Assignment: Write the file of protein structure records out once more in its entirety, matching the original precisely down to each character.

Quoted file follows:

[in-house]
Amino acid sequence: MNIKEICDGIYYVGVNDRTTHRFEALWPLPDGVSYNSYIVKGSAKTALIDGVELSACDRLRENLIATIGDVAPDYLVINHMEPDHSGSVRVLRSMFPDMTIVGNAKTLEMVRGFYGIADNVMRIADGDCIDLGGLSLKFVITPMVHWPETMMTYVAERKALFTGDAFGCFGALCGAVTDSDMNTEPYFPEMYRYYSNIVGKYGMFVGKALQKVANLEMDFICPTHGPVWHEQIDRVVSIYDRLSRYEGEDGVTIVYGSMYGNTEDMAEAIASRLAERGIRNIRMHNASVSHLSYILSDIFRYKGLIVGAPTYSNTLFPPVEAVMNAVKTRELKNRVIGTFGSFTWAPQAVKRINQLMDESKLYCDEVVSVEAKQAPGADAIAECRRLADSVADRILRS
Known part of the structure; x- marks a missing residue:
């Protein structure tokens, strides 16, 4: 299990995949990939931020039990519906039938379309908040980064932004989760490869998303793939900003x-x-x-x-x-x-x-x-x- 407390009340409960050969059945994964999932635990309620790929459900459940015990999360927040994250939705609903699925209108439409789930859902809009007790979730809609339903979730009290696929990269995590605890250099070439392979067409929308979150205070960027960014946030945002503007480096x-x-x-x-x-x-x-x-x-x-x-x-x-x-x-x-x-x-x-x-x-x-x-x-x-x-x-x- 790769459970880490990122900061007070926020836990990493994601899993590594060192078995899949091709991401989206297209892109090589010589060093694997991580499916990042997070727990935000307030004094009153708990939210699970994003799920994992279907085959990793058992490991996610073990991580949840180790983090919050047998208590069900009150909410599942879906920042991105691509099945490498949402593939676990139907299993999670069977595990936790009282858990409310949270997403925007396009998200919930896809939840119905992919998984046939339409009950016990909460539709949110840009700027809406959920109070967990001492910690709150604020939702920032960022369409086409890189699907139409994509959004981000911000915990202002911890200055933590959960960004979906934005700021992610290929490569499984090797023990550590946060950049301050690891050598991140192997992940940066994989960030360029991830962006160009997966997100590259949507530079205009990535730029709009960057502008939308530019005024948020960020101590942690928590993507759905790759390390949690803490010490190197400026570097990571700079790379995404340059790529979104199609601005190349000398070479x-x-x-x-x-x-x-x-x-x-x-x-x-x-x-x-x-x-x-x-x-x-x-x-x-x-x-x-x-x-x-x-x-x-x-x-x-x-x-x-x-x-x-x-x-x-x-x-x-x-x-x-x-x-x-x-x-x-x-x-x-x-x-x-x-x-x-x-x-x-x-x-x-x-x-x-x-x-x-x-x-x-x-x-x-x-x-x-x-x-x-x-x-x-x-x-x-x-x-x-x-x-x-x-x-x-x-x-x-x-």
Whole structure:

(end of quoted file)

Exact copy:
[in-house]
Amino acid sequence: MNIKEICDGIYYVGVNDRTTHRFEALWPLPDGVSYNSYIVKGSAKTALIDGVELSACDRLRENLIATIGDVAPDYLVINHMEPDHSGSVRVLRSMFPDMTIVGNAKTLEMVRGFYGIADNVMRIADGDCIDLGGLSLKFVITPMVHWPETMMTYVAERKALFTGDAFGCFGALCGAVTDSDMNTEPYFPEMYRYYSNIVGKYGMFVGKALQKVANLEMDFICPTHGPVWHEQIDRVVSIYDRLSRYEGEDGVTIVYGSMYGNTEDMAEAIASRLAERGIRNIRMHNASVSHLSYILSDIFRYKGLIVGAPTYSNTLFPPVEAVMNAVKTRELKNRVIGTFGSFTWAPQAVKRINQLMDESKLYCDEVVSVEAKQAPGADAIAECRRLADSVADRILRS
Known part of the structure; x- marks a missing residue:
């Protein structure tokens, strides 16, 4: 299990995949990939931020039990519906039938379309908040980064932004989760490869998303793939900003x-x-x-x-x-x-x-x-x- 407390009340409960050969059945994964999932635990309620790929459900459940015990999360927040994250939705609903699925209108439409789930859902809009007790979730809609339903979730009290696929990269995590605890250099070439392979067409929308979150205070960027960014946030945002503007480096x-x-x-x-x-x-x-x-x-x-x-x-x-x-x-x-x-x-x-x-x-x-x-x-x-x-x-x- 790769459970880490990122900061007070926020836990990493994601899993590594060192078995899949091709991401989206297209892109090589010589060093694997991580499916990042997070727990935000307030004094009153708990939210699970994003799920994992279907085959990793058992490991996610073990991580949840180790983090919050047998208590069900009150909410599942879906920042991105691509099945490498949402593939676990139907299993999670069977595990936790009282858990409310949270997403925007396009998200919930896809939840119905992919998984046939339409009950016990909460539709949110840009700027809406959920109070967990001492910690709150604020939702920032960022369409086409890189699907139409994509959004981000911000915990202002911890200055933590959960960004979906934005700021992610290929490569499984090797023990550590946060950049301050690891050598991140192997992940940066994989960030360029991830962006160009997966997100590259949507530079205009990535730029709009960057502008939308530019005024948020960020101590942690928590993507759905790759390390949690803490010490190197400026570097990571700079790379995404340059790529979104199609601005190349000398070479x-x-x-x-x-x-x-x-x-x-x-x-x-x-x-x-x-x-x-x-x-x-x-x-x-x-x-x-x-x-x-x-x-x-x-x-x-x-x-x-x-x-x-x-x-x-x-x-x-x-x-x-x-x-x-x-x-x-x-x-x-x-x-x-x-x-x-x-x-x-x-x-x-x-x-x-x-x-x-x-x-x-x-x-x-x-x-x-x-x-x-x-x-x-x-x-x-x-x-x-x-x-x-x-x-x-x-x-x-x-």
Whole structure: